grouped together as a Cold Section cluster
With basic block sections, the cold blocks are assigned appropriate debug
and call frame information and emitted as part of the .text.unlikely
section. Unlike Propeller
which is presently the main user of the basic block sections feature, this
pass does not require an additional round of profiling and uses existing
instrumentation based FDO or CSFDO profile information.

[image: Machine Function Splitter.png]

In the illustration above, the functions foo and bar contain a cold block
each, index 5 and E respectively. We show a possible layout for these
functions which optimizes for fall throughs. Note that all the blocks are
kept in a contiguous region described by the symbols foo and bar. Using the
machine function splitter, the cold blocks (5 and E) are moved to a
separate section. These blocks can then be grouped along with other cold
blocks (and functions) in a separate output section in the final binary.
The key highlights of this approach are:


   Profile driven, profile type agnostic approach.

   Cold basic blocks are split out using jumps.

   No additional instructions are added to the function for setup/teardown.

   Runs as the last step before emitting assembly, no
   analysis/optimizations are hindered.


All eh pads are grouped together regardless of their coldness and are part
of the original function. There are outstanding issues with splitting eh
pads if they reside in separate sections in the binary. This remains as
part of future work.

DebugInfo and CFI

Debug information and CFI directives are updated and kept consistent by the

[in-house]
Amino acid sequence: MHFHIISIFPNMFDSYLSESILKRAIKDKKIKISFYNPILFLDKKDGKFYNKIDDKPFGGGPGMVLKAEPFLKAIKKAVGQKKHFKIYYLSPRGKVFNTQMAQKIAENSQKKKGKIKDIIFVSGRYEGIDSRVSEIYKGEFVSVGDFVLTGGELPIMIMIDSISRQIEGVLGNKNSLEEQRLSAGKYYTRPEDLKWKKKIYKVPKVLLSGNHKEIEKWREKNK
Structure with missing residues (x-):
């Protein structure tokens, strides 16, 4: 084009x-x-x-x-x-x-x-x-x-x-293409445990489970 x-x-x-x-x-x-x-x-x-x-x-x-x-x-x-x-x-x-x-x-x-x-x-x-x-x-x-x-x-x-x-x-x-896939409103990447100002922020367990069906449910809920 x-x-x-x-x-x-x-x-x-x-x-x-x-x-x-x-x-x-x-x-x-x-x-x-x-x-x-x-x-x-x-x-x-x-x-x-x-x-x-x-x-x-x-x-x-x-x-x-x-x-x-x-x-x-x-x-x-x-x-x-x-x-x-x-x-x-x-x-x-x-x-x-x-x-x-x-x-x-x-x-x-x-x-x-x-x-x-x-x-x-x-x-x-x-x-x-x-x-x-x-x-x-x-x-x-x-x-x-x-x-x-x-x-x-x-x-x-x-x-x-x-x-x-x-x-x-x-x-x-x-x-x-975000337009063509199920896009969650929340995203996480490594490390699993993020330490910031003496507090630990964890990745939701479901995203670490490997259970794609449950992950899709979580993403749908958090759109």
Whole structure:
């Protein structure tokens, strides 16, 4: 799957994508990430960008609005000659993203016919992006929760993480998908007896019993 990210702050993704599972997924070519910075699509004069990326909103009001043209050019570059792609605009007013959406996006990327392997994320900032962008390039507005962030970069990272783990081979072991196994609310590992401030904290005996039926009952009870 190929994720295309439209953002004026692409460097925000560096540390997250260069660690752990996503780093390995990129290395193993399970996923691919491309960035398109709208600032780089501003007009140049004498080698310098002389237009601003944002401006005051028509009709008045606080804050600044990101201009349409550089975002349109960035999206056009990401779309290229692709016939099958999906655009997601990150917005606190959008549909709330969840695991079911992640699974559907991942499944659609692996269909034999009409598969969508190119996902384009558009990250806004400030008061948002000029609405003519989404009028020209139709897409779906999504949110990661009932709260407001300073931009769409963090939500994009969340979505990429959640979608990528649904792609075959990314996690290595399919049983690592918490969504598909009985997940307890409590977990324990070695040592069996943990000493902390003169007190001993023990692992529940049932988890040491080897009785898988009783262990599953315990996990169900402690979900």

underlying basic block sections framework. Support added in the following


   DebugInfo (https://reviews.llvm.org/D78851)

   CFI (https://reviews.llvm.org/D79978).

Distinction between Machine Function Splitter and Propeller

Full Propeller optimizations include function splitting and layout
optimizations, however it requires an additional round of profiling using
perf on top of the peak (FDO/CSFDO + ThinLTO) binary. In this work we
experiment with applying function splitting using the instrumented profile
in the build instead of adding an additional round of profiling.

Link to Propeller RFC

Split Binary Characteristics

Binaries produced by the compiler with function splitting enabled contain
additional symbols. A function which has been split into a hot and cold
part is non-contiguous. The symbol table entry for the hot part retains the
symbol name of the original function with type FUNC. The symbol for the
cold part contains a “.cold” suffix attached to the original symbol name,
the type is not set for this symbol. Using a suffix has been the norm for
such optimizations e.g. -hot-cold-split in LLVM and the prior GCC
implementation detailed earlier. We expect standardized tooling to handle